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by James Durham
Verse 10. My beloved is white and ruddy, the chiefest among ten thousand.
From verse 10, to the end (which contains the fourth part of the chapter) the Bride speaks: and in answer to the daughters of Jerusalem their question) in a sweet, pithy, taking manner, commends her Beloved. She is not long in returning answer to their question, as being fully clear and ready to demonstrate Christ, her Beloved, his worth above all: and as impatient that any other should be put in competition with him, (especially by the daughters of Jerusalem, whose edification she studies by this to promote) instantly she steps in with a large commendation of Christ, (tho' in few words) whereby she doth so demonstrate him to be an object infinitely worthy to be her soul's Beloved beyond all others, that chap. 6:1, they as convinced yield, acknowledging that her Beloved was preferable to all other beloveds, and that therefore they are engaged to love and seek him with her.
In this commendation, she, 1. Asserts Christ's preferableness in the general, verse 10. 2. She confirms and illustrates it in particulars, to verse 16. And then, 3. verse 16, sums it up in an universal expression, as being in its particulars inexpressible. Lastly, Having fully proved her assertion, she resumes the conclusion as unanswerable: 'This' (saith she) 'is my Beloved,' a singular beloved indeed, and therefore it is no wonder that I am so serious in pursuing after him, and so sick of love to him, and so much pained at the very heart for the want of him.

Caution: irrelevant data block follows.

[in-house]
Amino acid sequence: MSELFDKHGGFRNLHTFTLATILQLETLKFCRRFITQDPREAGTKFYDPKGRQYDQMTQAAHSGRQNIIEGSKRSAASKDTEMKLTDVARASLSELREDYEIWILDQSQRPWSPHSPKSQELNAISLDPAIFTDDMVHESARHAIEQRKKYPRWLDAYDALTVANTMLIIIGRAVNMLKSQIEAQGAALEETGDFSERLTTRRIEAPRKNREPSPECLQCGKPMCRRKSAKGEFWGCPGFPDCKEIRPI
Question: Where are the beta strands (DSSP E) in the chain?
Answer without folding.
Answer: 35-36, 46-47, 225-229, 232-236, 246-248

The first general in this 10th verse sets out Christ positively, and comparatively: do you ask (saith she) what my Beloved is? He is a non-such, an incomparable Beloved, 'he is white and ruddy,' O so lovely as he is in himself! and being 'compared with all others, he hath the preeminence by far, as being 'the chiefest among ten thousand.' By 'white and ruddy' we are to conceive Christ's qualifications, according to the strain of the allegory, there being no bodily qualification set out here, Christ at that time not being incarnate, yet even then was he white and ruddy; the due and just mixture of these colours maketh a man lovely, and evidenceth a good complexion of body: so by them in Christ is understood a concurrence of all fit qualifications and excellencies, that may make him lovely to the soul, when by faith looked upon, and taken up, there is sweet beauty and comeliness, or a comely beautiful sweetness that lustres and shines in him, through the excellent qualifications wherewith he is furnished, as the husband of his church, that ravisheth spiritual affections far beyond the greatest beauty that can be in the fairest face; for, indeed he is fairer than the sons of men: there is nothing that may make a Mediator lovely but it is here. Again, as if that did not fully set out his amiableness, she adds, 'He is the chiefest among ten thousand:' this is a definite great number for an indefinite; in sum it is this, there are many beloveds indeed in the world, but compare them all with Christ, they are nothing to him: without all controversy he is the chiefest, 1 Cor. 8:5,6, For 'though there be gods many, and lords many' (to the world) 'yet to us there is but one God, and one Lord Jesus;' in all the world there is but one Christ. The word used here is, be is the standard-bearer, or it may be rendered passively, he is standarded (so to speak) above ten thousand; all tending to the same scope; love declares its rhetoric in seeking words to prefer Christ, as having indignation that his precedency and pre-eminence (who is 'above all things,' Col. 1:17,) should so much as once be questioned: it is like, that in these times the most comely persons were chosen to carry the standard, a piece of dignity being thereby put upon them; so then, if all the most choice, comely, and excellent persons in the world were mustered together, Christ would be preferred eminently and deservedly above them all.